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January 13, 2006 - Image 8

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The Michigan Daily, 2006-01-13

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Friday
January 13, 2006
sports.michigandaily.com
sports@michigandaily.com

PleRTiSiigan ti1

8

Cagers try to finish
last year's business

a

By Matt Singer
Daily Sports Editor
It was a brief, shining moment in an
otherwise miserable season.
Midway through the 2004-05 Big
Ten season, an injury-prone Michigan
squad took then-undefeated Illinois to
the brink. With less than 10 minutes to
go, the Wolverines held a
41-37 advantage, bringingr
the Crisler Arena faithful x
to a fever pitch.
The Illini eventuallyN
prevailed 57-51, but the ' ,
Wolverines learned an
important lesson: Even Asembl
at its weakest, Michigan EPN
could hang with Illinois.
"(Last year's game)
helps build your confidence," senior co-
captain Sherrod Harrell said. "We were
down a few guys last year due to injury.
We weren't full force, and to be able to
battle with them at such a close level defi-
nitely builds your confidence."
While the name on the front of the
Illini uniforms is the same, a whole lot
has changed since last year's Michi-
gan-Illinois tilt. The Illini lost three
of their top four scorers from last sea-
son - Luther Head, Roger Powell and
Deron Williams - but retain a powerful
inside-outside combination in seniors
James Augustine and Dee Brown. The
duo is averaging nearly 30 points per
game this season.
Where Illinois has lost, Michigan has
gained. For the first time since last season's
Notre Dame game, the entire Wolverine
roster will be in uniform. During last year's
Illinois matchup, Michigan played without

two key backcourt players - Daniel Hor- \
ton and Lester Abram. This season, junior'
Brent Petway returned from academic inel- t
igibility in time for Jan. 3's game against
Indiana, but Abram sat out the squad's
first two Big Ten games with a foot injury.
Abram hasn't fully recovered - he's par-
ticipated only intermittently in recent prac-
tices - but he is healthy enough to take the
floor in Champaign.4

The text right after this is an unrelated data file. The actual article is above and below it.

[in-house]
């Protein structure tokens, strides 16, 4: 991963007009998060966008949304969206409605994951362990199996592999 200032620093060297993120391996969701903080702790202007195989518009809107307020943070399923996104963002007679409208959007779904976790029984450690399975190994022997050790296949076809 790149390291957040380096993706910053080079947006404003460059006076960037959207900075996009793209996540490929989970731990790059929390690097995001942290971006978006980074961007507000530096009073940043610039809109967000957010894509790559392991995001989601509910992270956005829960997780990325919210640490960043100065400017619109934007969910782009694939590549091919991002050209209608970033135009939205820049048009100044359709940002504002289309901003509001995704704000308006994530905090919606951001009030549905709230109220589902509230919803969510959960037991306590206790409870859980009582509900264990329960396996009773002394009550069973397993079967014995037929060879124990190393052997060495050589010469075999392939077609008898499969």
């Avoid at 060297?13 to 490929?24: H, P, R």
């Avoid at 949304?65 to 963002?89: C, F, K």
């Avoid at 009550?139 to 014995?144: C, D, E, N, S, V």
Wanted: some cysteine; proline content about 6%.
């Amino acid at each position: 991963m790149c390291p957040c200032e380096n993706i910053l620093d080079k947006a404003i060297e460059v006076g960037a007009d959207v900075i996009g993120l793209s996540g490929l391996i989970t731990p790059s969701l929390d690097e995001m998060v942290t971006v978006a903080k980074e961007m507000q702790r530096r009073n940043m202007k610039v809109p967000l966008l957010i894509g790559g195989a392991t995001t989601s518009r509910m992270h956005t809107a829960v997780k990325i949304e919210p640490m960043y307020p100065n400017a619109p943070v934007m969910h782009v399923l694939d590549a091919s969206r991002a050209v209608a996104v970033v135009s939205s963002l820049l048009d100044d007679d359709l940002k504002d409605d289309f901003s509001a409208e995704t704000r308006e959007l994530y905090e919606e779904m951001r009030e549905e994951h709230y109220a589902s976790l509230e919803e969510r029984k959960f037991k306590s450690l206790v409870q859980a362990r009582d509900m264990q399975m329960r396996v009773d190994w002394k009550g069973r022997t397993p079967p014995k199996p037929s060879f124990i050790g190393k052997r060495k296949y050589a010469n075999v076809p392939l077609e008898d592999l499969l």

"Lester's been arguablys
our most consistent player r
since he's been here on cam-
x¢. at x pus, Michigan coach TommyE
l}" Amaker said. "It's obvious
that when we haven't had him,
we haven't been the same
.u team. We've relied on his
toughness, his ability to score.'
And his teammates have great
confidence in him."
Abram isn't the only Wolverine
returning to the Illinois-Michigan rival-
ry. Horton's comeback sets up an entic-
ing showdown between two of the Big;
Ten's premier point guards. Dee Brown,Q
who considered declaring for the NBA
Draft before a foot injury derailed his
plans, entered the season as the most ALEX DZIADOSZ/Daily
hyped player in the conference, earning Michigan senior guard Daniel Horton is averaging 15.8 points per game this season.

preseason Big Ten Player of the Year
honors. But so far this season, Horton,
flying under the radar, has matched the
speedy six-footer step-for-step. Hor-
ton tops Brown in nearly every statis-
tical category - averaging 15.8 points
per game to Brown's 14.9, 5.7 assists
per game to Brown's 5.3 and shooting
47 percent from the field, compared to
Brown's 37 percent.
While acknowledging the importance
of slowing Brown, Horton downplayed his

Icers take on
non-voters in
exhibition
By James V. Dowd
Daily Sports Writer
Fans often overlook exhibition games
on their favorite teams' schedules, but
Michigan's tilt with the United States. ......G.§T
National Team Development Program U.S.NDTPU-8
Under-18 team provides spectators with N. 9MIchigan
an extra incentive to head to Yost Ice 7$ p tm
Arena tonight. The team features Chris Y At Ae .
Summers, who has committed to suit up
for the Wolverines next fall.
Summers will join Michigan's
already-deep blue-line core, which
loses just Adam Dunlap, and hope to contribute on a nightly basis.
Wolverine associate coach Mel Pearson believes that Summers is cut
from the same mold as current Michigan stars junior Matt Hunwick